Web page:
Linux - NewbieThis Linux forum is for members that are new to Linux.
Just starting out and have a question?
If it is not in the man pages or the how-to's this is the place!
Welcome to LinuxQuestions.org, a friendly and active Linux Community.
You are currently viewing LQ as a guest. By joining our community you will have the ability to post topics, receive our newsletter, use the advanced search, subscribe to threads and access many other special features. Registration is quick, simple and absolutely free. Join our community today!
Note that registered members see fewer ads, and ContentLink is completely disabled once you log in.
If you have any problems with the registration process or your account login, please contact us. If you need to reset your password, click here.
Having a problem logging in? Please visit this page to clear all LQ-related cookies.
Introduction to Linux - A Hands on Guide
This guide was created as an overview of the Linux Operating System, geared toward new users as an exploration tour and getting started guide, with exercises at the end of each chapter.
For more advanced trainees it can be a desktop reference, and a collection of the base knowledge needed to proceed with system and network administration. This book contains many real life examples derived from the author's experience as a Linux system and network administrator, trainer and consultant. They hope these examples will help you to get a better understanding of the Linux system and that you feel encouraged to try out things on your own.
Click Here to receive this Complete Guide absolutely free.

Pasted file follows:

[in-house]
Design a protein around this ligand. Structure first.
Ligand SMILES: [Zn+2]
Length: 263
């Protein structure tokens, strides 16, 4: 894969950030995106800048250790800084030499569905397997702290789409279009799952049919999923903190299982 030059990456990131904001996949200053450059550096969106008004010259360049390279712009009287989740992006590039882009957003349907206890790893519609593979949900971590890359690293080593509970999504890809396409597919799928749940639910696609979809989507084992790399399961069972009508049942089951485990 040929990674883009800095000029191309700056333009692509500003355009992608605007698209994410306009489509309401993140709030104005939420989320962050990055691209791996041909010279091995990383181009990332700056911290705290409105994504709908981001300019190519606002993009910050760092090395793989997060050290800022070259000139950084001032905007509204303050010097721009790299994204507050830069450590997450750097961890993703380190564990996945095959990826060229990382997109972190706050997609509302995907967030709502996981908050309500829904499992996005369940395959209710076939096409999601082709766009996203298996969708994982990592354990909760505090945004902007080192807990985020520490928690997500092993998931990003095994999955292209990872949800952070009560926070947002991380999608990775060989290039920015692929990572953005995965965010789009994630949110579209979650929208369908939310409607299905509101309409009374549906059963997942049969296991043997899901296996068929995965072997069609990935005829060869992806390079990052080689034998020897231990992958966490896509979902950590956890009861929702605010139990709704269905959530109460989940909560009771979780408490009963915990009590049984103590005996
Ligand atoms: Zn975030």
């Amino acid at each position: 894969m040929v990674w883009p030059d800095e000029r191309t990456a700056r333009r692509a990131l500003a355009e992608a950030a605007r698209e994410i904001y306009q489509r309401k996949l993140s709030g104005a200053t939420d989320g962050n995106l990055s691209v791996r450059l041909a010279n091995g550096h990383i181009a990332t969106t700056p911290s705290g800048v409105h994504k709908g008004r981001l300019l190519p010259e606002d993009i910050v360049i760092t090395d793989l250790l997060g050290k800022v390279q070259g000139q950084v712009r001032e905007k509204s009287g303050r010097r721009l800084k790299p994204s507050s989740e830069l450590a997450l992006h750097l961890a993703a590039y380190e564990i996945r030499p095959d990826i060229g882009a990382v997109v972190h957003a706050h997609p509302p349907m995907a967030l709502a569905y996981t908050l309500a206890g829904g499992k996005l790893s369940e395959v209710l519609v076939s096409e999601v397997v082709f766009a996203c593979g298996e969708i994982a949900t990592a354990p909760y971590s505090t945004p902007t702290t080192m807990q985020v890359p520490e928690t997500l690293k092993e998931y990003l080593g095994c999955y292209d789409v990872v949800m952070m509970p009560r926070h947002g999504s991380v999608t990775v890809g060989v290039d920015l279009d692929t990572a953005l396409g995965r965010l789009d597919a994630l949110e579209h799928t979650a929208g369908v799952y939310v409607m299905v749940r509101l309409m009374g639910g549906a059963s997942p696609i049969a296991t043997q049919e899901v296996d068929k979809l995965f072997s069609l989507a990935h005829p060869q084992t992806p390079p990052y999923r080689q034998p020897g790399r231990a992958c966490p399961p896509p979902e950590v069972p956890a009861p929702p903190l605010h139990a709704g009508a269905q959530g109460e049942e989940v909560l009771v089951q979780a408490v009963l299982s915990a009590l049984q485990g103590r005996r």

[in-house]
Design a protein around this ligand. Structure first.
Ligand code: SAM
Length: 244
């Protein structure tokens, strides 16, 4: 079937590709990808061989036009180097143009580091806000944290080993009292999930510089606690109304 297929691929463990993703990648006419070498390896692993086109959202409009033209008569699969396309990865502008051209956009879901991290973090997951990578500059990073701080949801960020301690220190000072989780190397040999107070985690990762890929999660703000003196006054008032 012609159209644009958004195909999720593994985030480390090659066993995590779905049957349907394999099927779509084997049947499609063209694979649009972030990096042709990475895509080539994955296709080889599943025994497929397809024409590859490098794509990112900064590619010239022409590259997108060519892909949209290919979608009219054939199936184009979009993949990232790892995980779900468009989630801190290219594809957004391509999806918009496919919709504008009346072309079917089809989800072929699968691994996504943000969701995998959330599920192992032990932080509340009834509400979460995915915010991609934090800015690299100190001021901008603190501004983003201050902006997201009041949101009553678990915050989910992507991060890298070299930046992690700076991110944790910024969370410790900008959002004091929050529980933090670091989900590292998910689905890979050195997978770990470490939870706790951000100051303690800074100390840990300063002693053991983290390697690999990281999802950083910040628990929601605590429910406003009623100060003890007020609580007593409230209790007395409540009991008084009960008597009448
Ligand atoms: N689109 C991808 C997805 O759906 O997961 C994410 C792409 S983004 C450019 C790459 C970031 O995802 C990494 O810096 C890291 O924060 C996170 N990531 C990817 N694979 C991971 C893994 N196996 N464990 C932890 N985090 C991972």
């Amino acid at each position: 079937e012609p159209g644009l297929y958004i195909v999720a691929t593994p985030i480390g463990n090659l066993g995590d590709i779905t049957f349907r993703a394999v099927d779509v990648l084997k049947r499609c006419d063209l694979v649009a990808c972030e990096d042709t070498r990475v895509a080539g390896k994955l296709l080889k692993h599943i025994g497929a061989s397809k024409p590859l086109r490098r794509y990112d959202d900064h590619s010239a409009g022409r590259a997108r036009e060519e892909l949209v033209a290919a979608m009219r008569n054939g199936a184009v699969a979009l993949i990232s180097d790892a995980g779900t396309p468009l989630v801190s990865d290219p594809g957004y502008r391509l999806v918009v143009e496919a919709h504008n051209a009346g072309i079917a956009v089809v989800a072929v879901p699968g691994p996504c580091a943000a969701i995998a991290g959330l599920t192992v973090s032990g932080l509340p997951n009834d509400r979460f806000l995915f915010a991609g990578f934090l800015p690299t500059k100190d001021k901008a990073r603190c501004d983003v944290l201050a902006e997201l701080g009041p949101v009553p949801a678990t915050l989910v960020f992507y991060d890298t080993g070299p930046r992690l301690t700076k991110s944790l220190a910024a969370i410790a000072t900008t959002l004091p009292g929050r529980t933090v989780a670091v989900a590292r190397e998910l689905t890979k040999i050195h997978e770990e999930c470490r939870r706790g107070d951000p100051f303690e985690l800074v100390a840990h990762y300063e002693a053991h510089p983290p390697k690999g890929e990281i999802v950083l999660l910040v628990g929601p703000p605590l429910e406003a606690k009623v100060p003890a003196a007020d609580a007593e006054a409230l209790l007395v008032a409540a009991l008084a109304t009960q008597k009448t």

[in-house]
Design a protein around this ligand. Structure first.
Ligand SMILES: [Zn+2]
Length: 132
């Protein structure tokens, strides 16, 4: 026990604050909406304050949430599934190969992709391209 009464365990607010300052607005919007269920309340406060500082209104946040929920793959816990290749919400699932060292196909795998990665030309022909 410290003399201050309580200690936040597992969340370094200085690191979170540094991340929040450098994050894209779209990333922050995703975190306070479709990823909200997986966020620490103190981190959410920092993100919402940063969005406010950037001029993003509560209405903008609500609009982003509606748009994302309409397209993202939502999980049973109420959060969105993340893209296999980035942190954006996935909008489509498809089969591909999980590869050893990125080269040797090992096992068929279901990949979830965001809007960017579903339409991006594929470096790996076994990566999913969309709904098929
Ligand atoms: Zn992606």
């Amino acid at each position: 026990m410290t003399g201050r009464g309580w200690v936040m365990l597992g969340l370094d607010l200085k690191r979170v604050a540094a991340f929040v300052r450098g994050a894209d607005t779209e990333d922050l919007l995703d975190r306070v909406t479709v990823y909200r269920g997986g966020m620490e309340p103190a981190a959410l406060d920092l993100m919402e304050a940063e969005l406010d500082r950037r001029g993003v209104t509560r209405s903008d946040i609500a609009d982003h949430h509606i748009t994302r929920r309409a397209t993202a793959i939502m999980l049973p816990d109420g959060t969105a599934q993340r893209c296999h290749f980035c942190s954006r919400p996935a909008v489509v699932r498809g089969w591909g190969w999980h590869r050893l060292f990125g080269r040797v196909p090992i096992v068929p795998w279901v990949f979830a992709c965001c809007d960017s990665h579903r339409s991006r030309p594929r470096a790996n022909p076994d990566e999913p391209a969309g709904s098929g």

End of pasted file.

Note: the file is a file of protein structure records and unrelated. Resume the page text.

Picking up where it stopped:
I have an assignment "Write a Bash script that removes all zero length ordinary files in the current directory. Do appropriate error checking.", and I know for that I have to use an if statement with -s "$1" condition. The only thing I am confused about is that do I have to go through all the files in that directory? and lets say the script file that I created is in Script directory and it has three files. This script will go through all the three files and check its size? If the answer is yes then how am I supposed to pass the three files as an argument to the script. Any suggestions?
You don't need complicated loops. It should be enough to use one liner with find command using some sophisticated switches. A few examples of such commands you'll find here. Analyse them and review man find.
Yeah I think I need to use do-while or while. What I am thinking is that I need to pass the files as an argument one at a time and the script will check the size. If the size is zero it will remove the file and will loop back and check another and so on. How can I pass them(files) to the script I don't understand that.
Or both find and a loop with the loop iterating once for each file given by find. As for the somewhat artificial requirement to use a -s $1 test, that could be satisfied by calling a function from the loop; it would be the function's $1, not the script's initial $1.